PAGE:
It is not always practical to use pids to communicate with processes. To use a pid, a process needs to be notified of it and store its value. It is common to register processes that offer specific services with an alias, a name that can be used instead of the pid. You register a process with the register(Alias, Pid) BIF, where Alias is an atom and Pid is the process identifier. You do not have to be a parent or a child of the process to call the register BIF; you just need to know its process identifier.

Once a process has been registered, any process can send a message to it without having to be aware of its identifier (see Figure 4-9). All the process needs to do is use the Alias ! Message construct. In programs, the alias is usually hardcoded in. Other BIFs which are directly related to process registration include unregister(Pid); registered(), which returns a list of registered names; and whereis(Alias), which returns the pid associated with the Alias.

Sending a message to a registered process

Figure 4-9. Sending a message to a registered process

Look at Example 4-2, which is a variant of Example 4-1. We have removed the Pid!stop expression at the end of the go/0 function, and instead of binding the return value of spawn/3, we pass it as the second argument to the register BIF. The first argument to register is echo, the atom we use to name the process. This alias is used to send the message to the newly spawned child.

Example 4-2. The registered echo process

-export([go/0, loop/0]).

go() ->
  register(echo, spawn(echo, loop, [])),
  echo ! {self(), hello},
    {_Pid, Msg} ->

loop() ->
    {From, Msg} ->
      From ! {self(), Msg},
    stop ->

It is not mandatory, but it is considered a good practice to give your process the same name as the module in which it is defined.

Update your echo module with the changes we just discussed and try out the new BIFs you have just read about in the shell. Test the new implementation of echo, inspecting its state with the i() and regs() shell commands. Note how the shell process sends the stop message to the echo process without knowing its pid, and how whereis/1 returns undefined if the process does not exist:

1> c(echo).
2> echo:go().
3> whereis(echo).
4> echo ! stop.
5> whereis(echo).
6> regs().

** Registered procs on node nonode@nohost **
Name                   Pid            Initial Call           Reds Msgs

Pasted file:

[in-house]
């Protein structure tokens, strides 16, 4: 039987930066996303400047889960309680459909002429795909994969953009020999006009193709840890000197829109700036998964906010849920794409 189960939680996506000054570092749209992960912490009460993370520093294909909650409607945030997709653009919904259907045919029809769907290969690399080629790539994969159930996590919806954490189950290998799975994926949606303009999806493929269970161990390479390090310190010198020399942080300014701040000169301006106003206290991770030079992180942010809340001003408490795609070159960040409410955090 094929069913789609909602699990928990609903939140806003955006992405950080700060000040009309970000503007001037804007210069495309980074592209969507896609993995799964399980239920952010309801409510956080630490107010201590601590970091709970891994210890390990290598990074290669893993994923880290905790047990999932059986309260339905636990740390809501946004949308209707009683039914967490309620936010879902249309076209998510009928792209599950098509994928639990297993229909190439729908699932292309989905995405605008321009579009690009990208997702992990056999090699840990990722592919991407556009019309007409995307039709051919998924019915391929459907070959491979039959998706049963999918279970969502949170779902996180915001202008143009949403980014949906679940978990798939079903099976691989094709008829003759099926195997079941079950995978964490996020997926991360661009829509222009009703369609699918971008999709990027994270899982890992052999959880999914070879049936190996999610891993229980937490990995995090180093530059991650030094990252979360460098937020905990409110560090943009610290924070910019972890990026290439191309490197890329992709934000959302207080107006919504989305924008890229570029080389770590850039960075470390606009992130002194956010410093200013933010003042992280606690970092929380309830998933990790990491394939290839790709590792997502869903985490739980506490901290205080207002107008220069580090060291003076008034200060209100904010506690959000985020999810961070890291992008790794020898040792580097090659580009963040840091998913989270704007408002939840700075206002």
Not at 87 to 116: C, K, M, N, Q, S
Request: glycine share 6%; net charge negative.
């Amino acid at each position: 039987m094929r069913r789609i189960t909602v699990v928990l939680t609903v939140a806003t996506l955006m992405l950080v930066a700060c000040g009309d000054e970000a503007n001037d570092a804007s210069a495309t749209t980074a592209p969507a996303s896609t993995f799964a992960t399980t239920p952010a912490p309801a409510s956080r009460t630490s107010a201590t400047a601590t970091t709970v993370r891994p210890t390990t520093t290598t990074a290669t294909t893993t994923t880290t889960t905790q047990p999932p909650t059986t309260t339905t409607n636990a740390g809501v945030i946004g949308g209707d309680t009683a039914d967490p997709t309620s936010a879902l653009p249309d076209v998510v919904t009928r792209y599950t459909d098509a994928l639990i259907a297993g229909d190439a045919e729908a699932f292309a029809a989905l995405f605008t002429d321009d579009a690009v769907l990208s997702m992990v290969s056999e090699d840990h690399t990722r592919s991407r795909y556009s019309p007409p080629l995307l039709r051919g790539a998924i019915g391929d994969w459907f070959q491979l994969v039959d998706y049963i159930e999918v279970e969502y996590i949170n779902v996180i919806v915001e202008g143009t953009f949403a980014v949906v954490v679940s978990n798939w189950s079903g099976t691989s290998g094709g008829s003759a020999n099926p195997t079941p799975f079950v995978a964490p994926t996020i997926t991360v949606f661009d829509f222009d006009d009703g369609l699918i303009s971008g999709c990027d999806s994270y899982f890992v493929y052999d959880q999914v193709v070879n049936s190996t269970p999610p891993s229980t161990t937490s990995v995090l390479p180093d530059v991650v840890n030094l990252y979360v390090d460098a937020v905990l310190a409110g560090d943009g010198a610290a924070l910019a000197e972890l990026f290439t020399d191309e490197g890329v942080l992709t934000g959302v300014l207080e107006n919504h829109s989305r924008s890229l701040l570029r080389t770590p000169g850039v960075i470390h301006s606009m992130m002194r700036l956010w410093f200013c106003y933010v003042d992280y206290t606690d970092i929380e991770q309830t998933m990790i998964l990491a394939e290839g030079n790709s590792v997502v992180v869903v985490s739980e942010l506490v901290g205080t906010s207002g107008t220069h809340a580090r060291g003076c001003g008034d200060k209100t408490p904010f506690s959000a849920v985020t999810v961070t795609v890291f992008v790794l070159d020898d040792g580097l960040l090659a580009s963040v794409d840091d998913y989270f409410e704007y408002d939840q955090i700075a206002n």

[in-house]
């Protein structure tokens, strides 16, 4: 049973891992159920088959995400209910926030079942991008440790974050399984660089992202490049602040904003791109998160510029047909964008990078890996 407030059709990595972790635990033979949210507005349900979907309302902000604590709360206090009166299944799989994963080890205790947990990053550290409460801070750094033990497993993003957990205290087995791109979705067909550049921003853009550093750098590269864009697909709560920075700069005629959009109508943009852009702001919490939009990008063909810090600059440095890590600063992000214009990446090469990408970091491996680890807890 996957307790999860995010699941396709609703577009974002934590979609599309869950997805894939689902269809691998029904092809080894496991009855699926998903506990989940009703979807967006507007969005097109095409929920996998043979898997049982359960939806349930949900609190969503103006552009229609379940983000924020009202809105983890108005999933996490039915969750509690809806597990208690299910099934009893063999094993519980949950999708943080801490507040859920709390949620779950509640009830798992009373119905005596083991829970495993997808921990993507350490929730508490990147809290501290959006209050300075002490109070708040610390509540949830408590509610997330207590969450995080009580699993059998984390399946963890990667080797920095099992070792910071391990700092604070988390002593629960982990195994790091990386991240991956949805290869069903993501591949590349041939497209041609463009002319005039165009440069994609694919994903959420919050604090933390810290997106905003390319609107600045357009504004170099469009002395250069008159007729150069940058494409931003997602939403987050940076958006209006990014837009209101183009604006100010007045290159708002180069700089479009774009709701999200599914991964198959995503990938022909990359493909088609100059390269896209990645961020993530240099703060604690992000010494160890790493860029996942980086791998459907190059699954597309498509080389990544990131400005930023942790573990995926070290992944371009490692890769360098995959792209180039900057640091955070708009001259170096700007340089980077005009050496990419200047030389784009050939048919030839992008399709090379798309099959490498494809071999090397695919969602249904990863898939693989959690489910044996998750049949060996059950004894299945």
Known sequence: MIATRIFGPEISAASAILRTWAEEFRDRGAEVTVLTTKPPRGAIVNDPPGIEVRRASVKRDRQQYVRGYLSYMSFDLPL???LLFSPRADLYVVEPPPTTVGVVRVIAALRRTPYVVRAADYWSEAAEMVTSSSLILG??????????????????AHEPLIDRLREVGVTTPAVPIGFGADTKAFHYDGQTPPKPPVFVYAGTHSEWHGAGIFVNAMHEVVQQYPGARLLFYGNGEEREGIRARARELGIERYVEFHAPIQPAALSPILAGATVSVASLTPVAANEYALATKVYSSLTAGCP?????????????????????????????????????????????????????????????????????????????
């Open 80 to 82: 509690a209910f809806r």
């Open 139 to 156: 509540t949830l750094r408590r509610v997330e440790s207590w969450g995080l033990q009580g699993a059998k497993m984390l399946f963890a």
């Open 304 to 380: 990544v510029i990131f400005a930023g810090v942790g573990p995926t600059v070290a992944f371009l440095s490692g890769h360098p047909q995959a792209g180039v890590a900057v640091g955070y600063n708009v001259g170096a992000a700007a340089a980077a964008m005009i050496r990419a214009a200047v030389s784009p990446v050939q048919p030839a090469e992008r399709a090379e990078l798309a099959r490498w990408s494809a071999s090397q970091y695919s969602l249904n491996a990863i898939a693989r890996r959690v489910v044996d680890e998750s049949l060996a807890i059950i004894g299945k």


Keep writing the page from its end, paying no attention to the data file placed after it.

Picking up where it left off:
application_controlle  <0.5.0>        erlang:apply/2         4426    0
code_server            <0.20.0>       erlang:apply/2       112203    0
ddll_server            <0.10.0>       erl_ddll:init/1          32    0
erl_prim_loader        <0.2.0>        erlang:apply/2       206631    0
error_logger           <0.4.0>        gen_event:init_it/6     209    0
file_server            <0.19.0>       erlang:apply/2           12    0
file_server_2          <0.18.0>       file_server:init/1    25411    0
global_group           <0.17.0>       global_group:init/1      71    0
global_name_server     <0.12.0>       global:init/1            60    0
inet_db                <0.15.0>       inet_db:init/1          103    0
init                   <0.0.0>        otp_ring0:start/2      5017    0
kernel_safe_sup        <0.26.0>       supervisor:kernel/1      61    0
kernel_sup             <0.9.0>        supervisor:kernel/1    1377    0
rex                    <0.11.0>       rpc:init/1               44    0
user                   <0.23.0>       user:server/2          1459    0

** Registered ports on node nonode@nohost **
Name                  Id              Command

The shell command regs() prints out all the registered processes. It might be an alternative to i() when retrieving system information in a system with large quantities of processes. In the preceding example, the echo process is not among the processes listed, as we have stopped it. Instead, you are seeing all of the registered system processes.


It is a feature of Erlang memory management that atoms are not garbage collected. Once you’ve created an atom, it remains in the atom table regardless of whether it is referenced in the code. This can be a potential problem if you decide to register transient processes with an alias derived from converting a string to an atom with the list_to_atom/1 BIF. If you have millions of users logging on to your system every day and you create a registered process for the duration of their sessions, don’t be surprised if you end up running out of memory.

You would be much better off storing the mapping of users to pids in a session table. It is best to register only processes with a long life span, and if you really must convert a string to use as an alias, use list_to_existing_atom/1 to ensure that your system does not suffer memory leakages.

Sending messages to nonexistent registered processes causes the calling process to terminate with a badarg (see Figure 4-10). This behavior is different from sending a message to a process identifier for a nonexistent process, as registered processes are assumed to provide a service. The absence of a registered process is therefore treated as a bug. If your program might be sending messages to nonexistent registered processes and you do not want the calling process to terminate, wrap a try ... catch around the call.

Sending messages to non-registered processes

Figure 4-10. Sending messages to non-registered processes